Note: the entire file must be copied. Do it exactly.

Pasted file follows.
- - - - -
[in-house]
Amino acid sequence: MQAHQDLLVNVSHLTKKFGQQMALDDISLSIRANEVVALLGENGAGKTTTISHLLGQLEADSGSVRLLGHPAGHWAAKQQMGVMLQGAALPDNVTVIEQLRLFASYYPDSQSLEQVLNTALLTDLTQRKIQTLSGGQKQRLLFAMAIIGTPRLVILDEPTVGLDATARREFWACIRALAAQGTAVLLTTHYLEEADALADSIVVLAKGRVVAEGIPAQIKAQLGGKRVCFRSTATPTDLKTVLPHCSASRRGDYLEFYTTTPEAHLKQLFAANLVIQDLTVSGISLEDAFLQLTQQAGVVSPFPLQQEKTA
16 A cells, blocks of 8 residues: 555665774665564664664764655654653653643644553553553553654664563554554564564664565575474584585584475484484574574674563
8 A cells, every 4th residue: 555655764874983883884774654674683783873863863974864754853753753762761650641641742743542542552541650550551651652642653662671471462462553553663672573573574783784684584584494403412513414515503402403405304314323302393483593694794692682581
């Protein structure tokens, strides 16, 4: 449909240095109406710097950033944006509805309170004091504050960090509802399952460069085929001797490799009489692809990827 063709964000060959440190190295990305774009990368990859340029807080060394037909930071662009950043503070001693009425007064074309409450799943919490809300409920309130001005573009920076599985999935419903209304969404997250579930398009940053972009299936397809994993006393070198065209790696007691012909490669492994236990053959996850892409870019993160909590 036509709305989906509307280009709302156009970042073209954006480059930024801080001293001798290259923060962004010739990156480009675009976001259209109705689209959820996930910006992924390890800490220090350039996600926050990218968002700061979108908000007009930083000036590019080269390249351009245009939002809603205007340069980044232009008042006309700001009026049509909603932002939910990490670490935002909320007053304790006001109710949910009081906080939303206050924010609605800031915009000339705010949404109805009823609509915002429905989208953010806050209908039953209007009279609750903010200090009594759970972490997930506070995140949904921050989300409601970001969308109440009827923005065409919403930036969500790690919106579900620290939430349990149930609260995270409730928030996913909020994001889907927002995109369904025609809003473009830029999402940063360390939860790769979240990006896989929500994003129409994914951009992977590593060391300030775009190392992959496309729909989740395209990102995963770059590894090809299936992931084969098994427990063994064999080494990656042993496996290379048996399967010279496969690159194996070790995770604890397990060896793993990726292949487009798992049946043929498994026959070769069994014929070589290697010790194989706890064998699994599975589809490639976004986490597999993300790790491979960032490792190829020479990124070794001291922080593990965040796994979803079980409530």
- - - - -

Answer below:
[in-house]
Amino acid sequence: MQAHQDLLVNVSHLTKKFGQQMALDDISLSIRANEVVALLGENGAGKTTTISHLLGQLEADSGSVRLLGHPAGHWAAKQQMGVMLQGAALPDNVTVIEQLRLFASYYPDSQSLEQVLNTALLTDLTQRKIQTLSGGQKQRLLFAMAIIGTPRLVILDEPTVGLDATARREFWACIRALAAQGTAVLLTTHYLEEADALADSIVVLAKGRVVAEGIPAQIKAQLGGKRVCFRSTATPTDLKTVLPHCSASRRGDYLEFYTTTPEAHLKQLFAANLVIQDLTVSGISLEDAFLQLTQQAGVVSPFPLQQEKTA
16 A cells, blocks of 8 residues: 555665774665564664664764655654653653643644553553553553654664563554554564564664565575474584585584475484484574574674563
8 A cells, every 4th residue: 555655764874983883884774654674683783873863863974864754853753753762761650641641742743542542552541650550551651652642653662671471462462553553663672573573574783784684584584494403412513414515503402403405304314323302393483593694794692682581
């Protein structure tokens, strides 16, 4: 449909240095109406710097950033944006509805309170004091504050960090509802399952460069085929001797490799009489692809990827 063709964000060959440190190295990305774009990368990859340029807080060394037909930071662009950043503070001693009425007064074309409450799943919490809300409920309130001005573009920076599985999935419903209304969404997250579930398009940053972009299936397809994993006393070198065209790696007691012909490669492994236990053959996850892409870019993160909590 036509709305989906509307280009709302156009970042073209954006480059930024801080001293001798290259923060962004010739990156480009675009976001259209109705689209959820996930910006992924390890800490220090350039996600926050990218968002700061979108908000007009930083000036590019080269390249351009245009939002809603205007340069980044232009008042006309700001009026049509909603932002939910990490670490935002909320007053304790006001109710949910009081906080939303206050924010609605800031915009000339705010949404109805009823609509915002429905989208953010806050209908039953209007009279609750903010200090009594759970972490997930506070995140949904921050989300409601970001969308109440009827923005065409919403930036969500790690919106579900620290939430349990149930609260995270409730928030996913909020994001889907927002995109369904025609809003473009830029999402940063360390939860790769979240990006896989929500994003129409994914951009992977590593060391300030775009190392992959496309729909989740395209990102995963770059590894090809299936992931084969098994427990063994064999080494990656042993496996290379048996399967010279496969690159194996070790995770604890397990060896793993990726292949487009798992049946043929498994026959070769069994014929070589290697010790194989706890064998699994599975589809490639976004986490597999993300790790491979960032490792190829020479990124070794001291922080593990965040796994979803079980409530």